After receiving 90,000 public comments, and making 82 changes, the Department of Education will release its final rules [today] to require career colleges to disclose graduation and job placement rates, end misleading recruiting practices and ensure that only eligible students or programs receive federal student aid.
The final regulations on these for-profit colleges cover 13 of the 14 program-integrity questions the department has plans to address. The one that remains is the “gainful employment” regulation that would cut off federal student aid to programs whose graduates borrow too much and earn too little to repay their debts. The department will hold hearings next week on the topic, and will meet with interested parties to discuss that regulation, which will be finalized next year, and go into effect in 2012.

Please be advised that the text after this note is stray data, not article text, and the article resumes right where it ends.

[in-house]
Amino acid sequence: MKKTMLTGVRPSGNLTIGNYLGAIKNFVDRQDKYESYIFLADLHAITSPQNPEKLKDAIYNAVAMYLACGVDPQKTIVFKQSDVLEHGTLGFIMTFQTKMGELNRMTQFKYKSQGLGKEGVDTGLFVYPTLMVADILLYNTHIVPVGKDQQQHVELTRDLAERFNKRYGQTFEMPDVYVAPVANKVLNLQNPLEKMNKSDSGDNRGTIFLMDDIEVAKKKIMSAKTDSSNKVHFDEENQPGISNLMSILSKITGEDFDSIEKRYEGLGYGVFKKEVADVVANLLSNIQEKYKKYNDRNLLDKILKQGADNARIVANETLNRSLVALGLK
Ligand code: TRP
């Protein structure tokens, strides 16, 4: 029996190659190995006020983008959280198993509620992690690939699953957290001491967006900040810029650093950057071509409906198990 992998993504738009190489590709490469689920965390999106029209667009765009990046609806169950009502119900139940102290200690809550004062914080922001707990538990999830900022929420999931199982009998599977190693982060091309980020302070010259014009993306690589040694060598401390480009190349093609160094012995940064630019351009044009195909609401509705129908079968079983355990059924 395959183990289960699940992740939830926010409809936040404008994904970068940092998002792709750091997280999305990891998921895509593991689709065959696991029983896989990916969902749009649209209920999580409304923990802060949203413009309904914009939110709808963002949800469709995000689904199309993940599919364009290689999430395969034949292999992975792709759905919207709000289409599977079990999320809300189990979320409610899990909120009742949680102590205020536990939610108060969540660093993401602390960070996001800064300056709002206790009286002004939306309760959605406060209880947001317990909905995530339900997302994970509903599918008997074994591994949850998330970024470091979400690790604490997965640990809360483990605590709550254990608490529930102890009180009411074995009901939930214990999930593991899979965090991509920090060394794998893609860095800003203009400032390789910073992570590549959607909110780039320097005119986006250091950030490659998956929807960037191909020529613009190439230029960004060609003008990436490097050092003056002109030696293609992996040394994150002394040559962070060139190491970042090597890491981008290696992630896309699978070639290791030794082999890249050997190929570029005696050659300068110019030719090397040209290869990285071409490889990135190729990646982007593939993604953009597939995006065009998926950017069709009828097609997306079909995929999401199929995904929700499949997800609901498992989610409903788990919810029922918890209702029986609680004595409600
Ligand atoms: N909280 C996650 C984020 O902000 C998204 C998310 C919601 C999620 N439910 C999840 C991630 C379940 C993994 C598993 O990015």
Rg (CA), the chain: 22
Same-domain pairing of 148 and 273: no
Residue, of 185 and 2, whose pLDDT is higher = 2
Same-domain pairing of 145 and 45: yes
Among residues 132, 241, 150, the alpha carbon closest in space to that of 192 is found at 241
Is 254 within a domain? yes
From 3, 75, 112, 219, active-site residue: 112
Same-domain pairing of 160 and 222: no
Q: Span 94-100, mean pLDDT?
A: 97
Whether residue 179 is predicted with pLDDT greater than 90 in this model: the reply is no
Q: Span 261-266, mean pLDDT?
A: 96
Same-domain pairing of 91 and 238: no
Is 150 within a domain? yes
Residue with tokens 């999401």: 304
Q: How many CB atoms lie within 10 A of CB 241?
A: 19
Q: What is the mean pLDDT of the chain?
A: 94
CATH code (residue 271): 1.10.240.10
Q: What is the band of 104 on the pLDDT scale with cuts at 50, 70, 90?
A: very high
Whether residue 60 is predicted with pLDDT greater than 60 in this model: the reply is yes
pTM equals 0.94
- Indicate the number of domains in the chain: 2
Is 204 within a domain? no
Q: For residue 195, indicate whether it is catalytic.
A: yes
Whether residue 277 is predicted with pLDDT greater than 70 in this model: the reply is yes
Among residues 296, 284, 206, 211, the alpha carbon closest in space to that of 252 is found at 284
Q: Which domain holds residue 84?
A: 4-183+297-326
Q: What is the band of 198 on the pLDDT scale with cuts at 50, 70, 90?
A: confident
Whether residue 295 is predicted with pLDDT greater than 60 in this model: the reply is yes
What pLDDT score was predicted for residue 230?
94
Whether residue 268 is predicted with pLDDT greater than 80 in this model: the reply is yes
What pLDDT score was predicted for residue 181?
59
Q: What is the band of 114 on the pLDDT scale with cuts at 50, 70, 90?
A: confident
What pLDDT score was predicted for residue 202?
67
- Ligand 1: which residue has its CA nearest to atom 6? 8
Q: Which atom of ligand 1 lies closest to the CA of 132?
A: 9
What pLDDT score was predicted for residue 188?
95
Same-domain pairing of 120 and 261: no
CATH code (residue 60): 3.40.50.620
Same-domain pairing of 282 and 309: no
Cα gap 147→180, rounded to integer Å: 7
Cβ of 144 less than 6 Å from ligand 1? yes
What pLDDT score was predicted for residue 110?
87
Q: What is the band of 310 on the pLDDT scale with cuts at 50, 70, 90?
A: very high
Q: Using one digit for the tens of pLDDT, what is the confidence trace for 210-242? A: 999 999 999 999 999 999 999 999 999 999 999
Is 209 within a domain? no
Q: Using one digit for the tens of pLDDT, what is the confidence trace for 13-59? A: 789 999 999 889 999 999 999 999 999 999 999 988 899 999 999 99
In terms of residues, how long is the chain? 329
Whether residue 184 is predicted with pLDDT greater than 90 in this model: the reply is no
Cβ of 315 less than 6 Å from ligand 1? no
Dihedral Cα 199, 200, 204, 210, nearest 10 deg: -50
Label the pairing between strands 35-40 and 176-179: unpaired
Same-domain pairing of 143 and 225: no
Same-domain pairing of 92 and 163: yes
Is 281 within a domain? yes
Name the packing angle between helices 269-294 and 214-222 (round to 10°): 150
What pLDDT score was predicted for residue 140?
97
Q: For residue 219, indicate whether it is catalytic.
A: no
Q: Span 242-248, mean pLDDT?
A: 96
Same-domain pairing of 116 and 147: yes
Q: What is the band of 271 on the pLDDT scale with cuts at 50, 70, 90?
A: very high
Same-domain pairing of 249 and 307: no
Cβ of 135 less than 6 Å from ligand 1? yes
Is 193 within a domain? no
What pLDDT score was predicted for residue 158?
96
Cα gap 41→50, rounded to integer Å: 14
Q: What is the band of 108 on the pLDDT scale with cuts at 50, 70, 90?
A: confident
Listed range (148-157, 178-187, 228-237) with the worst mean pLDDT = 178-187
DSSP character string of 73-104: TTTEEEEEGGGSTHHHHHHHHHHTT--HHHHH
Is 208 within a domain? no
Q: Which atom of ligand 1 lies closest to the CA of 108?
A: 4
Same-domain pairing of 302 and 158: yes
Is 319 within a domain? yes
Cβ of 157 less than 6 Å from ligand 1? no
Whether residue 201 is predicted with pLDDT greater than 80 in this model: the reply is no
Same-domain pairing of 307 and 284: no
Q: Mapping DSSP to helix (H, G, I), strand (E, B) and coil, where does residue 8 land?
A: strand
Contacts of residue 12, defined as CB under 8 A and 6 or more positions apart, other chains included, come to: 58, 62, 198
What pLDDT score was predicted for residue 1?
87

On Wednesday, Lanny Davis, a lobbyist for a group of career colleges, held a news call urging the department to delay final rules on approving new vocational programs. He said that the rules were so onerous as to make it impossible for a career college to start a program in, for example, wind energy, unless it could predict the job opportunities in the field years in advance.
The department is issuing the new rules on adding programs this week, as planned. But in a news briefing Wednesday, it explained that most colleges would be required to notify the department only 90 days before opening a new program. It said that only institutions with problematic track records would be asked to go through the full program-approval process, designed to prevent career colleges from skirting the gainful-employment rule by flooding the market with new or restructured programs without the required student-loan repayment data and employment history.
The regulations will be available online on Thursday, published in the Federal Register on Friday and take effect in July. [via New York Times]